Fly-Fishing Guide for Newcomers to the Okanagan

When salmon come back to the rivers from the sea, they cease to feed, but will snap at beautifully-tied flies out of reflex, and are hooked.

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Well, ya. Wouldn’t you bite at that? No? Well, then you are a human salmon, looking for a home at the end of work and strife, a place as wide open and warm as your dreams, and for that you need to travel, and what should be there, at the end of the road, beyond which no cars lead, but a very special kind of fly tied just for you.

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Yes, this is the real estate development sales office. It sits comfortably at the side of the road, for easy access, is often repurposed, has some lovely brick appliqué, so you know we’re talking quality here and not an industrial portable building like you’d see in a mine office. Let me repeat. This is no gold mine attempting to part you from your cash. This is serious fishing. See?

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That is genuine hand-set stained glass, that is. That is the sign of respect. Of course, there is more than one developer fishing in the same pool. There’s another fly cast up on the hill. See it? Oh, which to choose?

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Well, there’s still time. The nesting bed is still incomplete.

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The nesting bed of a salmon is called a red. That won’t do for humans. We have happier colours. Go on, settle in. You know you want to. Not even a little nibble?

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Don’t worry, there’s no power yet. It won’t hurt at all. You’re good.

 

Aerial Mysteries Over Coldstream

For a week now, a hole of air, either empty of cloud or filled with it distinctly from surrounding cloud, has formed over the city of Coldstream, close to the eastern end of Kalamalka Lake. It’s faint, but unmistakeable. The images below were taken over the previous three days, at different times of day. The area in question is in the middle of each image.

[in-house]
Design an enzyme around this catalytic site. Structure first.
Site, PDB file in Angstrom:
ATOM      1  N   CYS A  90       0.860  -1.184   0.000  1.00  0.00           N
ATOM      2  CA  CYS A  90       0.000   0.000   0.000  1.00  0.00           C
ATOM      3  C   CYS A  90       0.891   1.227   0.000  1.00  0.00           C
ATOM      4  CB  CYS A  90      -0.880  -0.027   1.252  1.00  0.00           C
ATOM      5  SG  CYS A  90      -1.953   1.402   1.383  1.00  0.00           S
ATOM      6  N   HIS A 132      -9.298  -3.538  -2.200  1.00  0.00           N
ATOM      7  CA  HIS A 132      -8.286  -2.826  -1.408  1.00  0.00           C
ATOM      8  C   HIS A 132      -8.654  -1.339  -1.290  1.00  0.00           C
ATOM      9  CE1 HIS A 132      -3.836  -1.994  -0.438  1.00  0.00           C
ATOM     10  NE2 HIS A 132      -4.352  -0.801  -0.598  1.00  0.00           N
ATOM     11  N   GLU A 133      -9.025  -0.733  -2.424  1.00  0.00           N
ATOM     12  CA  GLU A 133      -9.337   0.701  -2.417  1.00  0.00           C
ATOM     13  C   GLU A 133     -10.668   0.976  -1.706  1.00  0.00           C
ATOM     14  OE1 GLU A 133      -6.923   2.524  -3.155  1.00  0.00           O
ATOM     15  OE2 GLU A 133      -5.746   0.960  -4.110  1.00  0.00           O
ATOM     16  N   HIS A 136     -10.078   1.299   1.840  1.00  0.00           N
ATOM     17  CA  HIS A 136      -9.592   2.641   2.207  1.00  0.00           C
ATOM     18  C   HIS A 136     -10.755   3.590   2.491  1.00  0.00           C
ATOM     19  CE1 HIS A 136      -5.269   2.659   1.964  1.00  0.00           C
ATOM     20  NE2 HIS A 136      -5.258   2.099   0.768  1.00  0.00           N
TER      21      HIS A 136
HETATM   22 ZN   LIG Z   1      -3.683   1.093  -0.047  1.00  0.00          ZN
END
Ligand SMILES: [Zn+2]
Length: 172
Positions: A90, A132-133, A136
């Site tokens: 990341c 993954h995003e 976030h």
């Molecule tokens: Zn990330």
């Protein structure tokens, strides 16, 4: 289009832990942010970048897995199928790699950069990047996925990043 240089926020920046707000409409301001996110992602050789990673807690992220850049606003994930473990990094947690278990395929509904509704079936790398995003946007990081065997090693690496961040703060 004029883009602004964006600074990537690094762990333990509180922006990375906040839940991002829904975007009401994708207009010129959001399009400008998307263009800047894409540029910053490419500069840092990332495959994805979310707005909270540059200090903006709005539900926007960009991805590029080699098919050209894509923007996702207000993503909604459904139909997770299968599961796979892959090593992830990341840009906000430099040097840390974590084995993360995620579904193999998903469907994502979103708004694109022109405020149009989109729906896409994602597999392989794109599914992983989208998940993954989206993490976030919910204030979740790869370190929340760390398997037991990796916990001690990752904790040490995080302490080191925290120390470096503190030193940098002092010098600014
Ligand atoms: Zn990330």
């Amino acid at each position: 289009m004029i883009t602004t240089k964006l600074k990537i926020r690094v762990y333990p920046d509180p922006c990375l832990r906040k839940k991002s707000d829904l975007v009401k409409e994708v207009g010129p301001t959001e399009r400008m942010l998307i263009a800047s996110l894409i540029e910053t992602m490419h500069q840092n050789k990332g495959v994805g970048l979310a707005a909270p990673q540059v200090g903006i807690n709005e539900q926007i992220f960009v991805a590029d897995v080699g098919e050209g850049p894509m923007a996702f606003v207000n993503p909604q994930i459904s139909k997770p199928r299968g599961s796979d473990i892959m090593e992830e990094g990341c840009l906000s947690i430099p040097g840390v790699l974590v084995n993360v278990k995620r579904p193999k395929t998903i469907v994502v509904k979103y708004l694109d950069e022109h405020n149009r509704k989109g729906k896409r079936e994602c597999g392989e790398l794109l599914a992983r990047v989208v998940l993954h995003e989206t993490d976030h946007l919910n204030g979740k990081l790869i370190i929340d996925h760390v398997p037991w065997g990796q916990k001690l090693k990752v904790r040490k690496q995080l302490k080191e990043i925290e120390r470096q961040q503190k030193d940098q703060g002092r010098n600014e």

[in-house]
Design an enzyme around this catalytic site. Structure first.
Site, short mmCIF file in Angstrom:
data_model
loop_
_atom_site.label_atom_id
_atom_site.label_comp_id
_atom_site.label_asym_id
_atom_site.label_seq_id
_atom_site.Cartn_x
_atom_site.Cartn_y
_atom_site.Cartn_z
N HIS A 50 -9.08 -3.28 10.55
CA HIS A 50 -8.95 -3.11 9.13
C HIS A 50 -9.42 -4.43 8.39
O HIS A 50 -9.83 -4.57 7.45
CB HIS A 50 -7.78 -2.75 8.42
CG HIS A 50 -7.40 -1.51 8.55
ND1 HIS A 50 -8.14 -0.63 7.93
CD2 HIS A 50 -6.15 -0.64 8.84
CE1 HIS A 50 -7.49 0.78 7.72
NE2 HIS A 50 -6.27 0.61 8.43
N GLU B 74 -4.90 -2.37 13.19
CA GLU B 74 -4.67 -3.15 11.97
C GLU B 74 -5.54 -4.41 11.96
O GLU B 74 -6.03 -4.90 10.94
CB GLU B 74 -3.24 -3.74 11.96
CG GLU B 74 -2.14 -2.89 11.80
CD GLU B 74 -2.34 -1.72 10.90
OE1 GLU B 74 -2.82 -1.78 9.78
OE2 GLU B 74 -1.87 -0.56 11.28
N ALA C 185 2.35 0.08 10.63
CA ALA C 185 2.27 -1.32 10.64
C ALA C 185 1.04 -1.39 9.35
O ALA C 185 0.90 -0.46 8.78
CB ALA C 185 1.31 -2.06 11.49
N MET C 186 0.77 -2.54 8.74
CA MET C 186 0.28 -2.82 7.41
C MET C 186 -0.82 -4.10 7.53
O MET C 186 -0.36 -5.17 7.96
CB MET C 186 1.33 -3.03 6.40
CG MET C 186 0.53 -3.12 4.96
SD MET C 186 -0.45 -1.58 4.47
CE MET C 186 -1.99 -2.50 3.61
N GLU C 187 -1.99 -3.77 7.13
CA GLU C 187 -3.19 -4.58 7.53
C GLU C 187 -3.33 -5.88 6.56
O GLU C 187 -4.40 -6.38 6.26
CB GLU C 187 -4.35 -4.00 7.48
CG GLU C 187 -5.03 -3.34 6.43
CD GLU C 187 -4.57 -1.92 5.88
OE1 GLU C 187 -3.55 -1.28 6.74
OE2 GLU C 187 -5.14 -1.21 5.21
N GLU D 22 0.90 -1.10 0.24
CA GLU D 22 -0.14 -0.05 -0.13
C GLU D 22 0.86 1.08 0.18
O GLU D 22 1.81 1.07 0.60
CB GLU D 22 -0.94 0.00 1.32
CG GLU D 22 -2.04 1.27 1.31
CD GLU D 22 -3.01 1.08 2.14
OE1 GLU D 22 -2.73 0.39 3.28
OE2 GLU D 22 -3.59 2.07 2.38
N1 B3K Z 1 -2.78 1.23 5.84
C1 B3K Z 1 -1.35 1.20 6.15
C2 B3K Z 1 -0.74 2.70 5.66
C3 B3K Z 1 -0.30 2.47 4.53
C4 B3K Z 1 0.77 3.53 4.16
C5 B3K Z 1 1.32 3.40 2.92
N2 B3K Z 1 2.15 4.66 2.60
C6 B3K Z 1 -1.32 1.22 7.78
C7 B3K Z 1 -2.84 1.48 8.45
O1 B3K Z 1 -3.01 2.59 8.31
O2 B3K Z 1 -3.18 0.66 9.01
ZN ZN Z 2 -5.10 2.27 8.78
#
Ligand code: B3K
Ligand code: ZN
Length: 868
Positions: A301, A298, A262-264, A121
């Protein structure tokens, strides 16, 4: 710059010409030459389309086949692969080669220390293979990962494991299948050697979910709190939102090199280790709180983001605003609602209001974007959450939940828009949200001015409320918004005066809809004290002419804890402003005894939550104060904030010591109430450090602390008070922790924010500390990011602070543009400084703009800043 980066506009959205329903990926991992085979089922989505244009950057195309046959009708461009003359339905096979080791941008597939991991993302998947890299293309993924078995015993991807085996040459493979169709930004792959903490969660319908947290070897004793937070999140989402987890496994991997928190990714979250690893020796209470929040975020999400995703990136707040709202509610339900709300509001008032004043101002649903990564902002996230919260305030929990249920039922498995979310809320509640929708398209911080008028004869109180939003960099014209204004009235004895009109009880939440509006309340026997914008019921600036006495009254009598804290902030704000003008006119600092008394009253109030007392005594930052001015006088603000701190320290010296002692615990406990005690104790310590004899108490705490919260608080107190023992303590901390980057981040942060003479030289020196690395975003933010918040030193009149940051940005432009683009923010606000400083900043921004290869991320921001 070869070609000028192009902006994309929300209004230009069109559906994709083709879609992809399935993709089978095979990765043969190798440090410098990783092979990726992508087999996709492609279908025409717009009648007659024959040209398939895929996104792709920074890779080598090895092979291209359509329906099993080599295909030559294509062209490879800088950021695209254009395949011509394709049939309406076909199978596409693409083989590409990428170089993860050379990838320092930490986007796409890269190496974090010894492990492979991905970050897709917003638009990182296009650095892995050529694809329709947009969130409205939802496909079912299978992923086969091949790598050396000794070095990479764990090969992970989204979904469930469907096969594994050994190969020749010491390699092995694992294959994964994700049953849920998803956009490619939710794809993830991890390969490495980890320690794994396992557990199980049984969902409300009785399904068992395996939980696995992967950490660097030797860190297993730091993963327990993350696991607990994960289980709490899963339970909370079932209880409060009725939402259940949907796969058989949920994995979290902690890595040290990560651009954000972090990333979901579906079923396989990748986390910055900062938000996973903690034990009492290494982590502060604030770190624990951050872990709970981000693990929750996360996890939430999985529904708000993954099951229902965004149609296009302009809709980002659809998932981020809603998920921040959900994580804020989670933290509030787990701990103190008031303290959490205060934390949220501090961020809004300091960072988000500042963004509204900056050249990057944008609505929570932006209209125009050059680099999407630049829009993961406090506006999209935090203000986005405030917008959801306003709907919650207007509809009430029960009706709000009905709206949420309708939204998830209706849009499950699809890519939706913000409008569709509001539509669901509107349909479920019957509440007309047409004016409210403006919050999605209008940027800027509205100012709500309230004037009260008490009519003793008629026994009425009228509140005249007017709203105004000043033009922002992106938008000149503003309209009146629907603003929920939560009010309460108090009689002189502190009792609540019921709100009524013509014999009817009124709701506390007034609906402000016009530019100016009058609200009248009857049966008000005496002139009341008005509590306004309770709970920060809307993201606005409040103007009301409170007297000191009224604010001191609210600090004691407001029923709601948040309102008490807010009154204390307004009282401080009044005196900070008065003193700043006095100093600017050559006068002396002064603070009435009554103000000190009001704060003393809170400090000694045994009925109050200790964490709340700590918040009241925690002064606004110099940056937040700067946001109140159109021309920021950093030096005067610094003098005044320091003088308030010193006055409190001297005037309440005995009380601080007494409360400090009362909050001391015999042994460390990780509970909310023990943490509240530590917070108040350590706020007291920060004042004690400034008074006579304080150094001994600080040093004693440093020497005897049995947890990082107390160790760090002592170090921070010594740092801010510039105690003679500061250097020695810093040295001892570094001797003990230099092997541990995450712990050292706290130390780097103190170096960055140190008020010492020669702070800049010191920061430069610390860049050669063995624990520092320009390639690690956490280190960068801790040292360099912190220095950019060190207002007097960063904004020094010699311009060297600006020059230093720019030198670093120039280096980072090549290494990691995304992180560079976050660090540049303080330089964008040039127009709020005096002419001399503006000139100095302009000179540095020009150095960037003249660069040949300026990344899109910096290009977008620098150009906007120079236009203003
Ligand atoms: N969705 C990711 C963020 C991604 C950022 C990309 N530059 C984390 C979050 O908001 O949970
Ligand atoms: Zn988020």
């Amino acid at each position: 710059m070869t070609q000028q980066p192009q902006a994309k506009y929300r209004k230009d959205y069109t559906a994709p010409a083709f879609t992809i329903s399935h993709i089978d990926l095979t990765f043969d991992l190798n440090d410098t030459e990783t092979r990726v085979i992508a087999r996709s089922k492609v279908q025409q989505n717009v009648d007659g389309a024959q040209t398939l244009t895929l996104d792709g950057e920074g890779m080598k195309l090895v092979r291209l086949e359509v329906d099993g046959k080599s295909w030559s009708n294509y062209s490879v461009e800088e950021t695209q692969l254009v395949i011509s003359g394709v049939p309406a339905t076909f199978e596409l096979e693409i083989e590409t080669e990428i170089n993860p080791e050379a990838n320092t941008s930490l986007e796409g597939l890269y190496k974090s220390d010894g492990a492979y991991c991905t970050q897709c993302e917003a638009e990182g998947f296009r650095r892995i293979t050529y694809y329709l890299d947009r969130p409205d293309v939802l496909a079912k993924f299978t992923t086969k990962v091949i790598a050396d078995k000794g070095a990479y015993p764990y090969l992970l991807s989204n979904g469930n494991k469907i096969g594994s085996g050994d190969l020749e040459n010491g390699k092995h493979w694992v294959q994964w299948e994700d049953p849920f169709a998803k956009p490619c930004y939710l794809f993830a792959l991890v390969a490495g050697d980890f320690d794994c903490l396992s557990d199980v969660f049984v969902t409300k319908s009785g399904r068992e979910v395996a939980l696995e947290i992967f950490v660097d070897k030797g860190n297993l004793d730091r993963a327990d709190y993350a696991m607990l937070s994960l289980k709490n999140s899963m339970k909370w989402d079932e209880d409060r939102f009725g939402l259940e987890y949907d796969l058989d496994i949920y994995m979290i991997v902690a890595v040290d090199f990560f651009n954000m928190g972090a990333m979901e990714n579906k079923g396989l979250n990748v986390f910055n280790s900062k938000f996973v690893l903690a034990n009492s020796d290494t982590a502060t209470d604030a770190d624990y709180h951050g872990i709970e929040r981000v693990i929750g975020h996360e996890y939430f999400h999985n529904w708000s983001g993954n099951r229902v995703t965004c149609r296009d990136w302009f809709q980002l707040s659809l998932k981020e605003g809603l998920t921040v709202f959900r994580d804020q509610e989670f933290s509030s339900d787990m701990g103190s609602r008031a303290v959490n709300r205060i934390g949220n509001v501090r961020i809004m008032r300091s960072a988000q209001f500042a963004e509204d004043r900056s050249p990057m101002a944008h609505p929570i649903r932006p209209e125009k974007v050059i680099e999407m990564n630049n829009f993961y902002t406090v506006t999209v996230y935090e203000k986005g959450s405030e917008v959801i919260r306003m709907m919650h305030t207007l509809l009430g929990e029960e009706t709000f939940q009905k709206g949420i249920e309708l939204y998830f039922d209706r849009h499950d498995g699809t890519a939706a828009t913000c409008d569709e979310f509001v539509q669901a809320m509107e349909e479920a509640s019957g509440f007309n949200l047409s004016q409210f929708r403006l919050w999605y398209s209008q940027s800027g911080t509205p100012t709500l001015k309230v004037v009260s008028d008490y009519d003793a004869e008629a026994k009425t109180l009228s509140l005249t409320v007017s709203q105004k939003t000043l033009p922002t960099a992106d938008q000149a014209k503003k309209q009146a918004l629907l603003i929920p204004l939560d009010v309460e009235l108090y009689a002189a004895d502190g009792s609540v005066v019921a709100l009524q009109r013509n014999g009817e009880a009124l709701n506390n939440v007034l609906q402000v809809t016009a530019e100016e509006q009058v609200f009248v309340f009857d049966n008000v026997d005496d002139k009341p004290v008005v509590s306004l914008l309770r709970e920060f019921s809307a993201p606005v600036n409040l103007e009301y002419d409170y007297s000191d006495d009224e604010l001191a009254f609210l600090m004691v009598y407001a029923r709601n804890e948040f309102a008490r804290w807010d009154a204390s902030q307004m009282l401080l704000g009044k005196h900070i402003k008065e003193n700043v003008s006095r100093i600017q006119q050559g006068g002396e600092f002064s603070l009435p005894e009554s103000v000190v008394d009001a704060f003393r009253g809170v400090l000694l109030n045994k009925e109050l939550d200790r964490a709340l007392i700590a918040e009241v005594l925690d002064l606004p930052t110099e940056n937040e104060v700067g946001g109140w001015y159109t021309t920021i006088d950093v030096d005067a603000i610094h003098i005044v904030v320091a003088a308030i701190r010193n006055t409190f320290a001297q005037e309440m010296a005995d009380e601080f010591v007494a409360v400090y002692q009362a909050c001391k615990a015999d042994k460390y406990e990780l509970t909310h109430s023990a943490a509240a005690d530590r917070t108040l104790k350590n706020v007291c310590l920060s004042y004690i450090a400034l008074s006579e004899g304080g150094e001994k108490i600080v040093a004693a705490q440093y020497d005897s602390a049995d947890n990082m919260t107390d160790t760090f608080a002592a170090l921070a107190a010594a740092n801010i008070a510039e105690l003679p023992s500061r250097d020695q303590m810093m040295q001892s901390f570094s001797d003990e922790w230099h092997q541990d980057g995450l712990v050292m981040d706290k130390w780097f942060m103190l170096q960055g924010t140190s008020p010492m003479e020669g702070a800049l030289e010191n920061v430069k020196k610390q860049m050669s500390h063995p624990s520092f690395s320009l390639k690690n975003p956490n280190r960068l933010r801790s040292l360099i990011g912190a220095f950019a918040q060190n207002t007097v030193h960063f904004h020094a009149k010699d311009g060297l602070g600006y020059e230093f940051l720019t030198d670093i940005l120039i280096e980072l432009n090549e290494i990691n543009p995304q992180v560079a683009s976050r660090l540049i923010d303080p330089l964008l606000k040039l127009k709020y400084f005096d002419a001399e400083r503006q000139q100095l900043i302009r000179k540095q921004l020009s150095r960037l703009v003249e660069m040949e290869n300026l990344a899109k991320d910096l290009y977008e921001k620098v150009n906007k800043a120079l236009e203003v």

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The changes happen rapidly. What is empty can fill in a few minutes, and empty again in one, or the space can remain stable for hours. Is this the city projecting heat? If so, why just there? Is it a confluence of air patterns, meeting over the mouth of the lake? Is it a reflection of energies deep under the earth? How long has this been going on? Is it new? Is it old? Does it matter that the area beneath this hole in the sky was an ancient syilx village? Am I seeing a language that others can read easily? I don’t know. As I was wondering, this faint sun dog appeared, to the north…

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Look at the cloud around it. It’s like the Aurora, made of ice. It lasted for two minutes, then was gone. It did not have a twin. Pretty amazing cloud we’ve been having! Don’t you love the sky?

Reviewing David Pitt-Brooke’s Walk Through the Grasslands

I spent the early winter reading a beautiful and, unfortunately, incomplete book: Crossing Home Ground, by David Pitt-Brooke. It records an epic walk through the grasslands of Southern British Columbia: my own home ground. My detailed review was just published today in The Ormsby Review. You can read my review here (with beautiful photos by Pitt-Brooke): http://bcbooklook.com/2017/01/26/in-praise-of-grass/#more-30105. I’m thrilled that it is out. My goal in writing the review was to honour the book and the conversation of which it is a part. I’d like to show you a few images from that context. They are beyond the scope of the book, but help to anchor its discussions, I think. Here’s the mouth of the Okanagan River, as it enters the inundated Columbia. It is here that the private armies that invaded the Okanagan in 1858 crossed the big river on their way north, and it is here that scouts tagged invaders for later skirmishes in the Okanagan and Similkameen.